Once scratched by the ridiculously large talons of a demon, your imminent change into one of the drooling, snarling monsters is pretty fast – that may go to explain the lightning speed in that a sequel to Lamberto Bava’s super-gruesome Demons managed to manifest itself. Keeping chiefly the same crew (and in some cases even the same cast – but more on that later), Demons 2 isn’t particularly interested in reinventing the wheel, it just wants to change up the treads a little by switching the location from a cinema to a state of the art skyscraper. So prepare yourself for textbook case of a sequel being exactly the same, but juuuust slightly different enough in a way that still honors the day glow coated pus and slime of the kickass original. Demons 2 ends up being on another level while telling the same old storey… ok, that’s the last of the building puns. Promise.
Located in a swanky high-rise, people go about their day to day business as Sally, a spoilt brat-zilla prepares to celebrate her sixteenth birthday will all her friends. As she throws massive fits concerning her dress and other such petty bullshit, neighbours George and Hannah await the birth of their first child and a large assortment of meat-head and hard bodies work out their upsettingly oiled biceps in the on-site gym. Those who aren’t partying or pumping iron however, are glued to their TV sets watching a programme about the anniversary of the Demon attack which is typically vague about whether the events of the first film actually happened or whether the show is dramatised, but it confusingly depicts another bunch of shockingly idiotic teens as they climb into the walled off “forbidden zone” where the infestation supposedly happened. To no one’s surprise, these chuckleheads manage to resurrect one of the toothy walkers by accidentally dripping blood from a cut into it’s mouth (what are the fucking odds, huh?) and after attacking the dumbass kids, pulls an act of fourth-wall breaking that make Deadpool look like a beginner by pushing it’s way out of Sally’s TV set and making the spoilt girl a far bigger annoyance than she ever was. Now a ragged toothed demon with a fetching line in emerald drool, Sally first attacks and infects her friends (like, worst party everrrr) and then displays a brand new talent by leaking out an acidic sweat from her pores that burns down through the different levels, burning out phone lines and electrics and therefore sealing everyone inside. While the majority of the building’s non-demony dwellers hole up in the underground garage and prepare to hold off the dribbling marauders, George attempts to free himself from the lift he found himself trapped in when the power went and try to escape and protect his pregnant wife.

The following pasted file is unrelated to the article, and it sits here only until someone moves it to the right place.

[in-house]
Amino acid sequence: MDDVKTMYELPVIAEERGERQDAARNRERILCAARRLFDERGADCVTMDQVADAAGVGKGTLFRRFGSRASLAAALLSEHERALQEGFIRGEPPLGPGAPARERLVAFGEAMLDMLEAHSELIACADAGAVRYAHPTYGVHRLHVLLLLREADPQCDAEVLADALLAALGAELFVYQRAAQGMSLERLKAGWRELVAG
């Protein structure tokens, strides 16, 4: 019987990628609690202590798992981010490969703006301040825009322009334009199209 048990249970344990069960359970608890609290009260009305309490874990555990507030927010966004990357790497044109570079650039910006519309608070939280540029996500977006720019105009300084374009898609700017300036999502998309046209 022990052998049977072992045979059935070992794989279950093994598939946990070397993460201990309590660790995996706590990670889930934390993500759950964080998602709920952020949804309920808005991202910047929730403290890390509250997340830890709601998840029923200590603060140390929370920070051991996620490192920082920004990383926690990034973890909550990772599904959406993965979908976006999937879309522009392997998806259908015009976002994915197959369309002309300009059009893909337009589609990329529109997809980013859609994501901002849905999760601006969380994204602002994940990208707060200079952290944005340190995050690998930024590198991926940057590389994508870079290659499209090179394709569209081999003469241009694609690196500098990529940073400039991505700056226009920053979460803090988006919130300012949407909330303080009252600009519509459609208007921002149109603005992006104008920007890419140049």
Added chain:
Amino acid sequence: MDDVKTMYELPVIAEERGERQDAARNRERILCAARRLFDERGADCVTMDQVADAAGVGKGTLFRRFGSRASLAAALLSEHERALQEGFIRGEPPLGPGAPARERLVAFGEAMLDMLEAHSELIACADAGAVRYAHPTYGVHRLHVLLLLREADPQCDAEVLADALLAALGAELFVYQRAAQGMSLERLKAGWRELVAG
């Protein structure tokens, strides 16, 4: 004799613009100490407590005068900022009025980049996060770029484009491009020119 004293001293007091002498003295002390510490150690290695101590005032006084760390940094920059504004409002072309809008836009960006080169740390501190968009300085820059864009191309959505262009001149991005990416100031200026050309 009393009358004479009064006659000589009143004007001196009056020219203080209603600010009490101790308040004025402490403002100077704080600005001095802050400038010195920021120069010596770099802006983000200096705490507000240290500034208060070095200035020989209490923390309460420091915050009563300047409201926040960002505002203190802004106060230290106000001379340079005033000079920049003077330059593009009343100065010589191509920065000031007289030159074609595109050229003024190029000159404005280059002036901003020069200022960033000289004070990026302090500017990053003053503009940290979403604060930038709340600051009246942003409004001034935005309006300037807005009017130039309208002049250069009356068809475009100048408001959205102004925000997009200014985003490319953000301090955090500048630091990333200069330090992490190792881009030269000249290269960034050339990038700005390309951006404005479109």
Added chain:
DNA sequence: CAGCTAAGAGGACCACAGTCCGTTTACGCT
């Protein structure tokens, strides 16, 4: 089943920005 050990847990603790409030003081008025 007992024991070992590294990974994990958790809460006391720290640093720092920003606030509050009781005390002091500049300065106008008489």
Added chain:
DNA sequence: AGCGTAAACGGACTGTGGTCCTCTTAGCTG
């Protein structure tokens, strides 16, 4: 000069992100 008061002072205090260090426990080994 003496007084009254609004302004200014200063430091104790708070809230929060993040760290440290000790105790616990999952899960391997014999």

Expect a body count as long as your hideously scratched arm and plenty of unnecessary plot threads that go absolutely nowhere as Demons 2 gets down and does it’s funky stuff while indulging in that loopy lack of logic that makes 80’s Italian horror films so fucking weird….